“I ran across something I think is strange,” Emily began.

Sheri put down her water and gave Emily her full attention. She was enjoying this time with her new friend. She had never thought of the cemetery as being this interesting.


“Well, it seems that two little girls, both aged eleven, evidently died around the same time of the year, but different years, of course.”

She hesitated.

Sheri shrugged her shoulders.

“And that’s unusual because of what? If it’s very far back, kids died of things they would not today. Sudden attacks of appendicitis were even causes of death. They just couldn’t get a doctor to come out quickly enough or get the child to Fort Smith fast enough.”

She knew this because of her mother. She had heard the family speak of a cousin who had died in the late 1930s because of that problem. He was the first-born in the family, a boy, and the aunt never seemed to recover from it. They had three girls after that but the husband mourned the loss of the boy.

“It wasn’t the date so much as what it said on the marker. Both markers have the girls’ names, then date of birth, and then simply “Missing” and a date. They did not say “died” and the date like most do. That just strikes me as being strange.”

Sheri frowned. She looked out over the part of the cemetery where she had been before.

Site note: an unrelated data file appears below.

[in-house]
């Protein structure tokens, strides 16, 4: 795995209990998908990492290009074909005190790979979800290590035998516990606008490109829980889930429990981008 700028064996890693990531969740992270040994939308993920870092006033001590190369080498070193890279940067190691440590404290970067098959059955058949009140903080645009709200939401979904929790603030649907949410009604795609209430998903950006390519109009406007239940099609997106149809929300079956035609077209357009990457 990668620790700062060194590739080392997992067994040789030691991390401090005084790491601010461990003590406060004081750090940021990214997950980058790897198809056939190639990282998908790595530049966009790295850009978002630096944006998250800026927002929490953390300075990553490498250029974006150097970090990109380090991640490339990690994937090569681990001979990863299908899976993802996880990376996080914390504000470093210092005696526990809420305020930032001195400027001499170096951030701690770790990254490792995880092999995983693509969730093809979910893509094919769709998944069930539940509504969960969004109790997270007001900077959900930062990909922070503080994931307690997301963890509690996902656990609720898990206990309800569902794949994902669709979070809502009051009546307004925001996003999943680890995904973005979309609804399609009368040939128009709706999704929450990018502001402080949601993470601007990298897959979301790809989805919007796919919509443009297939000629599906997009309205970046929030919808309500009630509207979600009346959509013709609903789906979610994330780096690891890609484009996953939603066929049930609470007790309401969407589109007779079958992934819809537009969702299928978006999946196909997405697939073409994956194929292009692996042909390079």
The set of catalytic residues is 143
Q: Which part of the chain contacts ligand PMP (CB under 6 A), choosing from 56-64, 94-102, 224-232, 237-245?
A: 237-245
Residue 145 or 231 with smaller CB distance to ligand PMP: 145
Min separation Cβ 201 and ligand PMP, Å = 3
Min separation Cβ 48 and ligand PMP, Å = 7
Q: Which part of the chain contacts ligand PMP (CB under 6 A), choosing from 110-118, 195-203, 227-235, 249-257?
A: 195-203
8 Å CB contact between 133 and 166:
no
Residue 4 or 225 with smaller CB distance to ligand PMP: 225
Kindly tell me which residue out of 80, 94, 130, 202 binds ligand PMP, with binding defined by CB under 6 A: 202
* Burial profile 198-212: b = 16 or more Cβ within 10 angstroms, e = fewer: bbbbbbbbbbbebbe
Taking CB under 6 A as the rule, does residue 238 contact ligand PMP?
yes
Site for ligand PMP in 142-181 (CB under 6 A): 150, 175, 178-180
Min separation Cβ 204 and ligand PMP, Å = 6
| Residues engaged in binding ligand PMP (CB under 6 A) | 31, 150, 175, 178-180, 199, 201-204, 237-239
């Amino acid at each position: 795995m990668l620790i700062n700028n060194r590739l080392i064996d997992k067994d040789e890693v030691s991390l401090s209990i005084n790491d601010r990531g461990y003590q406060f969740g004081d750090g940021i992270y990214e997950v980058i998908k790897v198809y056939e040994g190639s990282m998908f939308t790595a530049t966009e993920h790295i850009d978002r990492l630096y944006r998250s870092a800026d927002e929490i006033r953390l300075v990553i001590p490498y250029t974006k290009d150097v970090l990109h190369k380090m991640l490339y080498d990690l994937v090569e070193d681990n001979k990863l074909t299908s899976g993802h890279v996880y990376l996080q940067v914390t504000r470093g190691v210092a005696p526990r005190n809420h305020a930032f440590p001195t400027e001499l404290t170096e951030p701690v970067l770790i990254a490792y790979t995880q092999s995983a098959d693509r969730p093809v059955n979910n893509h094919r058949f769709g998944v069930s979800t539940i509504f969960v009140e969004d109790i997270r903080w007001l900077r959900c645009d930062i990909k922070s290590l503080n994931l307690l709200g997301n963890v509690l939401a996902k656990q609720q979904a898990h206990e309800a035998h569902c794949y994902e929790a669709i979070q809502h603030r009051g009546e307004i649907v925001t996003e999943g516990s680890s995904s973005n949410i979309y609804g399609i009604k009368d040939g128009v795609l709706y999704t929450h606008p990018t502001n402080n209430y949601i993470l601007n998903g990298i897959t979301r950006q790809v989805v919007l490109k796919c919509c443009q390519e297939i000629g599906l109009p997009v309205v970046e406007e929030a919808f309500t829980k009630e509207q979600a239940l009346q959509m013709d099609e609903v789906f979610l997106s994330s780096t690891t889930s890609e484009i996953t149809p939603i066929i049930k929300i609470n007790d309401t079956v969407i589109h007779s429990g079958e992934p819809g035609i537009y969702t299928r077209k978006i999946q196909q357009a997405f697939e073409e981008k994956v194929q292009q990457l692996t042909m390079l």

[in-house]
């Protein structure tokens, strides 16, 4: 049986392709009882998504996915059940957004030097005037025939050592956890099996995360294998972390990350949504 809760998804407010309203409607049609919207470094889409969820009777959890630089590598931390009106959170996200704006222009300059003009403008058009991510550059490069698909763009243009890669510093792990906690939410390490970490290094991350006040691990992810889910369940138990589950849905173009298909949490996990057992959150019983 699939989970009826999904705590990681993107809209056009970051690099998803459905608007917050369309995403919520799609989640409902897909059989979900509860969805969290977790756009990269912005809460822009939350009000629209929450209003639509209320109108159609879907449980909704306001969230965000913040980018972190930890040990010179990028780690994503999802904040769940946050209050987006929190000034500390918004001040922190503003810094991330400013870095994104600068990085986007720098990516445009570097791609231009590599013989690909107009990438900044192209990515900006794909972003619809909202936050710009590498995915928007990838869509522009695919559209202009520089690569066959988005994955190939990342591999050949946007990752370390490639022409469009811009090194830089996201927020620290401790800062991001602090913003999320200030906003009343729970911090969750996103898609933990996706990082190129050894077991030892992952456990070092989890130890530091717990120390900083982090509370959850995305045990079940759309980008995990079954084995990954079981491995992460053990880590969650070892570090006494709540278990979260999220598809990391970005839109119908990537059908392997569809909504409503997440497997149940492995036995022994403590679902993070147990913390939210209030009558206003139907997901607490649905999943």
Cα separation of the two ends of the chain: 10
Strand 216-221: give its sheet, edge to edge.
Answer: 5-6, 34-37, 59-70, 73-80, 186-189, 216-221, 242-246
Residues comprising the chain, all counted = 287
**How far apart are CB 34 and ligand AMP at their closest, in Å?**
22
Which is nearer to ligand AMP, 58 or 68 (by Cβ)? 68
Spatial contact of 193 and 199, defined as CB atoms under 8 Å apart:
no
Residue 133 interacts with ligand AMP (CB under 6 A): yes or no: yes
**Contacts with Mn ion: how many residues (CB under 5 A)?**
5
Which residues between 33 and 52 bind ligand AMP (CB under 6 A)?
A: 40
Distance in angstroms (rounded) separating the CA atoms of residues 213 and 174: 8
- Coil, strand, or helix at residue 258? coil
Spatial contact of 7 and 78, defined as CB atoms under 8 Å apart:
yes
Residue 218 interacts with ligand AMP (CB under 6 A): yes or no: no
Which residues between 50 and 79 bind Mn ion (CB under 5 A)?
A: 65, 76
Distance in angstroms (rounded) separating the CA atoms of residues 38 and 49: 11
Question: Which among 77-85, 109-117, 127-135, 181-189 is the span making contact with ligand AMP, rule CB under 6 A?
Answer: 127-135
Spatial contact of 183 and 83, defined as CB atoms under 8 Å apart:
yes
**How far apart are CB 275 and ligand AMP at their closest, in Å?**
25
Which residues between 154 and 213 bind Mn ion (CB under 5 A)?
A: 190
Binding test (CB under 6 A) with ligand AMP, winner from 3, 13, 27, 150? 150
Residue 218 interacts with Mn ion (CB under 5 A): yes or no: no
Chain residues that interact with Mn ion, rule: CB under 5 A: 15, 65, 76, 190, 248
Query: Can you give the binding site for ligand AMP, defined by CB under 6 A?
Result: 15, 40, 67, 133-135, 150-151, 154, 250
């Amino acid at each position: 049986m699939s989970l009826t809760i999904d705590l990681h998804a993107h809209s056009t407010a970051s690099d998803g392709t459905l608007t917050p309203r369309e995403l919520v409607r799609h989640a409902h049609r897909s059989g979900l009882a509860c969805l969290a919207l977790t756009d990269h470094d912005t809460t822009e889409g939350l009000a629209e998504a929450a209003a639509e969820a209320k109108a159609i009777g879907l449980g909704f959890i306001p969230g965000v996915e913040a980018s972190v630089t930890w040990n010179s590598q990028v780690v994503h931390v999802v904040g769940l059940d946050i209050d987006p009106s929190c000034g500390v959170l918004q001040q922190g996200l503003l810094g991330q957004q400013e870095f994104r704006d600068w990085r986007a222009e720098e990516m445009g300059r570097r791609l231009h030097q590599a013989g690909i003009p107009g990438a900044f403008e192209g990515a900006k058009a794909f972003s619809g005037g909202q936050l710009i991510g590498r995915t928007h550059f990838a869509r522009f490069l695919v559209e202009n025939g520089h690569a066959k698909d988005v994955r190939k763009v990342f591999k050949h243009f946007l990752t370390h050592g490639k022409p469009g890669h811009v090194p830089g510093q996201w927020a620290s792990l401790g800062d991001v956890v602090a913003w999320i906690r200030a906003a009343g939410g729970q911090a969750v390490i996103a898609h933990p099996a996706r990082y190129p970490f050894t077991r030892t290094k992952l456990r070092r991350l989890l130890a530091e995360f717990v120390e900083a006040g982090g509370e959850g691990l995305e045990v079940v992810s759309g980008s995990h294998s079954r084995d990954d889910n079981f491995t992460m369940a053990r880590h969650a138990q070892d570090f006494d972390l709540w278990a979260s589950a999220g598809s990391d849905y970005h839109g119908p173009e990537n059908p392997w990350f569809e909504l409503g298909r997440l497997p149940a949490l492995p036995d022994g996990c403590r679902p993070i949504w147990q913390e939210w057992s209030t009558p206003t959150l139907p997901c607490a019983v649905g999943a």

“You know, there was one on my side. I didn’t think anything about it at the time. It wasn’t all that long ago and I didn’t pay attention to the writing that much.”

Emily was already getting up.

“Let’s go see what yours says.”

It took Sheri a few minutes to locate the grave.

Sure enough, the same word was on this one – “Missing” – not “died” and a date. The girl had been eleven years old when she went missing.

Emily bent down to read the wording on the gravestone. She needed to get closer so she reached out to put her hand on the gravestone to steady herself.


Instantly, she was transported to another place, and another time.

She was standing in a living room of a house. She was facing an old black-and-white television set, one she recognized from watching old I Love Lucy reruns on Nickelodeon.

She looked past the living room to a dining area and saw one of the retro dining sets with the metal legs on all the chairs and on the table. She knew it was retro because her grandma had one and she had never seen one until they moved in with her a few days ago.

The only difference between this one and her grand-ma’s was that this one had green vinyl on the backs and seats of the chairs, and green Formica on the top of the table, and her grandma had yellow vinyl. Otherwise, the style was the same.

Emily saw a woman sitting in the living room watching the TV. She sat in a chair of some weird brocade pattern and the sofa matched. The fabric was almost ribbed. There were armrests on the arms of each of the chairs and across the back, a matching set of all. They were crocheted.

As Emily watched, a little girl about her age came into the living room…

…neither one could see her…

…it started the day Little Annie Mercer disappeared.

Little Annie Mercer was not little at all.

Actually, she was an All-American tomboy, stocky and robust, and could put some of the boys to shame at baseball or just about anything else. Her parents named her “little” from birth, when she was named Annie after her mother. To distinguish between them, she became “Little Annie” while her mother was “Big Annie.” Like all nicknames, it had stuck through the years.